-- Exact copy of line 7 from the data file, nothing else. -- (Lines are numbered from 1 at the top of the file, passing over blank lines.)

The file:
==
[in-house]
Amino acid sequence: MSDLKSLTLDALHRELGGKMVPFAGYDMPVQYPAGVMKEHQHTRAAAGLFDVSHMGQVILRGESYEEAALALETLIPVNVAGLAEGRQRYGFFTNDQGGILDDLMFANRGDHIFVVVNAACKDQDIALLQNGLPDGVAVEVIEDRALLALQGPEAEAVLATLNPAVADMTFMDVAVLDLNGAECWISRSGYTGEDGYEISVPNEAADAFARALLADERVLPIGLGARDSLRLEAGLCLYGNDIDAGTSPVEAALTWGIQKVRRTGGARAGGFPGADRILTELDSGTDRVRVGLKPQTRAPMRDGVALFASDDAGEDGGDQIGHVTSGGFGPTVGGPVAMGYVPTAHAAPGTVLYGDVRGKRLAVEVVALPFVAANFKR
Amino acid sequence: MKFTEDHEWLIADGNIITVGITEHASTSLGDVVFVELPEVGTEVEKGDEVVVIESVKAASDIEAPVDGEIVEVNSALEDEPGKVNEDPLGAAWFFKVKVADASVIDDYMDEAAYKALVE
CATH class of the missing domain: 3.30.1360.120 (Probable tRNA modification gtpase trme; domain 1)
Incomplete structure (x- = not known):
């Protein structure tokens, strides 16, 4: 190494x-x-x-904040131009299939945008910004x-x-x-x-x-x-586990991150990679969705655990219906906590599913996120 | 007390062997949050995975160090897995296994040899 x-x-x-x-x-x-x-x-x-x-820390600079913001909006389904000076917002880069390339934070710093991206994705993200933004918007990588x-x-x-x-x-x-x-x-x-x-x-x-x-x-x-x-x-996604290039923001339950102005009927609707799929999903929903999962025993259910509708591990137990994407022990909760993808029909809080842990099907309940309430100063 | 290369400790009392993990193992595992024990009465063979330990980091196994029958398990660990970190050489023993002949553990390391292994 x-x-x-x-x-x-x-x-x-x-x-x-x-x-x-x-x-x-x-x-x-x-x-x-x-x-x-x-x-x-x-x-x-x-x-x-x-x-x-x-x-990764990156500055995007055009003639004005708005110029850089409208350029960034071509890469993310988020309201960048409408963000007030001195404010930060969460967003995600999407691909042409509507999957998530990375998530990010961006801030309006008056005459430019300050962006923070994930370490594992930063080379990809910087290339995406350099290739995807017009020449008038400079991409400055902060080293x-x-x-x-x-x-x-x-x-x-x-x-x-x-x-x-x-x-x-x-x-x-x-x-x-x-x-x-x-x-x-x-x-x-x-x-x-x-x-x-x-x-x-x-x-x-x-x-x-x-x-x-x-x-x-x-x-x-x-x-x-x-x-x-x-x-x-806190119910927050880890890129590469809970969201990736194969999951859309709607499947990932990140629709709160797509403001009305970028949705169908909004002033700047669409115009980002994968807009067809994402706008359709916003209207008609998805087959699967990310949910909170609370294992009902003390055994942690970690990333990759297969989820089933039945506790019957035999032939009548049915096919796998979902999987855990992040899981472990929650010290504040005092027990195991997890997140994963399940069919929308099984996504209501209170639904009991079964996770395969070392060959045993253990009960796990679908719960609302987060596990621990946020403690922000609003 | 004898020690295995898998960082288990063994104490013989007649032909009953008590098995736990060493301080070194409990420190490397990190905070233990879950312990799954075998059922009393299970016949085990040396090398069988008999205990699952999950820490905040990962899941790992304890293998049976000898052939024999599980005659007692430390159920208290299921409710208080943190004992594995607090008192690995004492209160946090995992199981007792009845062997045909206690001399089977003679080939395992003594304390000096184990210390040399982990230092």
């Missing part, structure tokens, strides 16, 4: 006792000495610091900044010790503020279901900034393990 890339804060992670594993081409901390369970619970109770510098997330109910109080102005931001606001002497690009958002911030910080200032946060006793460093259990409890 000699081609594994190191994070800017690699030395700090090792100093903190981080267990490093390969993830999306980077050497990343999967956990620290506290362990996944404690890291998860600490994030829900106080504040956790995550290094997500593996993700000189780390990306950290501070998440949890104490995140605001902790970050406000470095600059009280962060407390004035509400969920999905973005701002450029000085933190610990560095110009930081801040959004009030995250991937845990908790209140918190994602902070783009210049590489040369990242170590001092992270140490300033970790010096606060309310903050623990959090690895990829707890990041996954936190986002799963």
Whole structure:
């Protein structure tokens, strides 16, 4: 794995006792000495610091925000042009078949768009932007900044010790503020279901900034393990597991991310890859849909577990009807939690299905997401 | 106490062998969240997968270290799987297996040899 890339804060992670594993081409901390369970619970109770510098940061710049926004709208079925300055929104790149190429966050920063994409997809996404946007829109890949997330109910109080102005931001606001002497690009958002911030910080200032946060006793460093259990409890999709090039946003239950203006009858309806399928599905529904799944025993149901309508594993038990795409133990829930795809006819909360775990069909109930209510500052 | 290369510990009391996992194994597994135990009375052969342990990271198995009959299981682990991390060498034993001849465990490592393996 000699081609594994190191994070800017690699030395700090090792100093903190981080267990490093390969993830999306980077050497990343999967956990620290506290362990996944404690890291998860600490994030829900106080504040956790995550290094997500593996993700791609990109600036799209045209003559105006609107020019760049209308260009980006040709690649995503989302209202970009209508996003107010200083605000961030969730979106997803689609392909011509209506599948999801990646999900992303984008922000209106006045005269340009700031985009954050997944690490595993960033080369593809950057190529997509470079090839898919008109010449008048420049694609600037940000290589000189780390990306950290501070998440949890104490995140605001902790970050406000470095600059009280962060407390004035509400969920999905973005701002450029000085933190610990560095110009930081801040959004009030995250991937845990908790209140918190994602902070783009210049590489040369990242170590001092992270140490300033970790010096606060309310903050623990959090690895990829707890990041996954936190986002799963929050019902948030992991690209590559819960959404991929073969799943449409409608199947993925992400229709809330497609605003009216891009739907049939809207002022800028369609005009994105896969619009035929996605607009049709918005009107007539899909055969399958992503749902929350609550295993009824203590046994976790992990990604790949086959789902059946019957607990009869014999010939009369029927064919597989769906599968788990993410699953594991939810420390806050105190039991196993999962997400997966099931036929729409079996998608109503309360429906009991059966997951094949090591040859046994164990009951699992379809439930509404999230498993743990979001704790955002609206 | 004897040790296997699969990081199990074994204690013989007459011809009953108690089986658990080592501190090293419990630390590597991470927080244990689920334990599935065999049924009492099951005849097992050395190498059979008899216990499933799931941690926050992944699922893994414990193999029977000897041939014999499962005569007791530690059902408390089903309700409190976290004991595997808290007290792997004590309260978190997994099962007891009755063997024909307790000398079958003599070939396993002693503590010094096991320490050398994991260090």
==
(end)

């Missing part, structure tokens, strides 16, 4: 006792000495610091900044010790503020279901900034393990 890339804060992670594993081409901390369970619970109770510098997330109910109080102005931001606001002497690009958002911030910080200032946060006793460093259990409890 000699081609594994190191994070800017690699030395700090090792100093903190981080267990490093390969993830999306980077050497990343999967956990620290506290362990996944404690890291998860600490994030829900106080504040956790995550290094997500593996993700000189780390990306950290501070998440949890104490995140605001902790970050406000470095600059009280962060407390004035509400969920999905973005701002450029000085933190610990560095110009930081801040959004009030995250991937845990908790209140918190994602902070783009210049590489040369990242170590001092992270140490300033970790010096606060309310903050623990959090690895990829707890990041996954936190986002799963």